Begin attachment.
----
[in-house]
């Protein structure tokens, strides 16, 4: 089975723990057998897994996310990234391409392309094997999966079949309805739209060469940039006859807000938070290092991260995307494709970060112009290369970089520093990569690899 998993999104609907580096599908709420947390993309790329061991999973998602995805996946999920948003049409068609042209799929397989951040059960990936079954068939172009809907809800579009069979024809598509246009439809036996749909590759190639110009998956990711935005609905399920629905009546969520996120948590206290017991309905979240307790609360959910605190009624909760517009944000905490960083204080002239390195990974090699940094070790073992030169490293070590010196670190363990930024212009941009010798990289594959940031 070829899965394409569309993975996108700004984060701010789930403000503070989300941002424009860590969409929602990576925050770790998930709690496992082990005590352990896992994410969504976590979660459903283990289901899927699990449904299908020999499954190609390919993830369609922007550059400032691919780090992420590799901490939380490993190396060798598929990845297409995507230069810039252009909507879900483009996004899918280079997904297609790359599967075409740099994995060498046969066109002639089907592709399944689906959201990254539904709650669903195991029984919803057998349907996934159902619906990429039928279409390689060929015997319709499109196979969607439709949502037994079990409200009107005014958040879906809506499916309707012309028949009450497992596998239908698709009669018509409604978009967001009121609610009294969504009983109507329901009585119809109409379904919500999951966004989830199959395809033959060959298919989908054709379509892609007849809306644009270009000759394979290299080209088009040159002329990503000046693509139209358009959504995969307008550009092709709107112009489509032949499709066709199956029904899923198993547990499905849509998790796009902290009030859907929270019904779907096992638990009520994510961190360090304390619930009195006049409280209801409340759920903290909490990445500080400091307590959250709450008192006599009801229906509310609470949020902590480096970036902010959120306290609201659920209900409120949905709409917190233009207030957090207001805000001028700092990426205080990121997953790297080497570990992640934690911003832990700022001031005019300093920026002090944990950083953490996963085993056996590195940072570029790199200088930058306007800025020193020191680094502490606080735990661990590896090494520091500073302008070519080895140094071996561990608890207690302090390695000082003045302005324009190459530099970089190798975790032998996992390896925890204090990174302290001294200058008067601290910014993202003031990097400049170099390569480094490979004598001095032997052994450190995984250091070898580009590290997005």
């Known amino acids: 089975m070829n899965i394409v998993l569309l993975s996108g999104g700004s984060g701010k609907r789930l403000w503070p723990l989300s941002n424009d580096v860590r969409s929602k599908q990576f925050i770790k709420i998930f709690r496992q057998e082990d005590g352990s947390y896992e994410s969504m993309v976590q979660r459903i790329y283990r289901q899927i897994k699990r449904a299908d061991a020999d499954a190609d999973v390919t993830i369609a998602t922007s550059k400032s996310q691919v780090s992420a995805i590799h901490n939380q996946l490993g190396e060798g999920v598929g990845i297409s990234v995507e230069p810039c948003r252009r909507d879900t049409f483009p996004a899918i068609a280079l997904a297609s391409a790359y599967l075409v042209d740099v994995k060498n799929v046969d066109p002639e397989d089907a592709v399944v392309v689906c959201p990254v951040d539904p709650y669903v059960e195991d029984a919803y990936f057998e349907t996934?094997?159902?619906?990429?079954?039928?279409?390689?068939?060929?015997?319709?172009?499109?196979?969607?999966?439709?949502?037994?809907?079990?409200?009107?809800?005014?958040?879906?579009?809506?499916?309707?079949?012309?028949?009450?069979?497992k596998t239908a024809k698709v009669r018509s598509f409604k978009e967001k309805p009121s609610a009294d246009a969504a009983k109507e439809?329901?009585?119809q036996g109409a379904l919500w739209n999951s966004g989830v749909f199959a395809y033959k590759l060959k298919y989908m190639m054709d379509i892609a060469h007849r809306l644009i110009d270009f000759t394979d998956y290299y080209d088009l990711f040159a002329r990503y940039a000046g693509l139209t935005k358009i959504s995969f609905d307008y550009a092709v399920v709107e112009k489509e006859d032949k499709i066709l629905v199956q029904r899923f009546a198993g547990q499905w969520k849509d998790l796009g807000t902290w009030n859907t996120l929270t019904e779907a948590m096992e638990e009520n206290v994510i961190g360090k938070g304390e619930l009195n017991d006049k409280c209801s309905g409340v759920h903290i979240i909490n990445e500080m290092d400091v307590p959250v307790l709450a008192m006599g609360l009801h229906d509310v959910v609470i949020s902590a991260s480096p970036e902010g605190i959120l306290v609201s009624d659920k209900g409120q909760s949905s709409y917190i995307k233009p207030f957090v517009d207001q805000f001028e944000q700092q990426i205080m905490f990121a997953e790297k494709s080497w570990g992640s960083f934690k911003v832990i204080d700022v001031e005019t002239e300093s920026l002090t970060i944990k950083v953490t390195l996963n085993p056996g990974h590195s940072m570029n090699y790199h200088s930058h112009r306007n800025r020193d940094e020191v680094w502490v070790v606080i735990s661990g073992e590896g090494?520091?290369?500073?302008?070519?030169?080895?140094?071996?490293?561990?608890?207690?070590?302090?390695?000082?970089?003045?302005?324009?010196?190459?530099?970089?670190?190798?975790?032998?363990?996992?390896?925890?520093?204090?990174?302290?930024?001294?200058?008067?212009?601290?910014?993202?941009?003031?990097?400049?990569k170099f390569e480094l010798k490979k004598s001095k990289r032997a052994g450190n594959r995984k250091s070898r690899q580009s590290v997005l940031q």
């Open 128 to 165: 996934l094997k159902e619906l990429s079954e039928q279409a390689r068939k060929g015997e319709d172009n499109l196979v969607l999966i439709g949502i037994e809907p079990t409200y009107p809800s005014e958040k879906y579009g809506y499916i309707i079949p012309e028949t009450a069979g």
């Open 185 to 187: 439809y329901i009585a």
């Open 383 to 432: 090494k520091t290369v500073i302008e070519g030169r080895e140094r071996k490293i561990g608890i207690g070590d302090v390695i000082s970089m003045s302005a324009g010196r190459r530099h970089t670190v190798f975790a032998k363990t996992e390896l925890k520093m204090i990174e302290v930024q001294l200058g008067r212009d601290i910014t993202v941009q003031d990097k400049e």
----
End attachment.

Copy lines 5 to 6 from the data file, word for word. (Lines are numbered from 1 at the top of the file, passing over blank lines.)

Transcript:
């Open 185 to 187: 439809y329901i009585a």
């Open 383 to 432: 090494k520091t290369v500073i302008e070519g030169r080895e140094r071996k490293i561990g608890i207690g070590d302090v390695i000082s970089m003045s302005a324009g010196r190459r530099h970089t670190v190798f975790a032998k363990t996992e390896l925890k520093m204090i990174e302290v930024q001294l200058g008067r212009d601290i910014t993202v941009q003031d990097k400049e």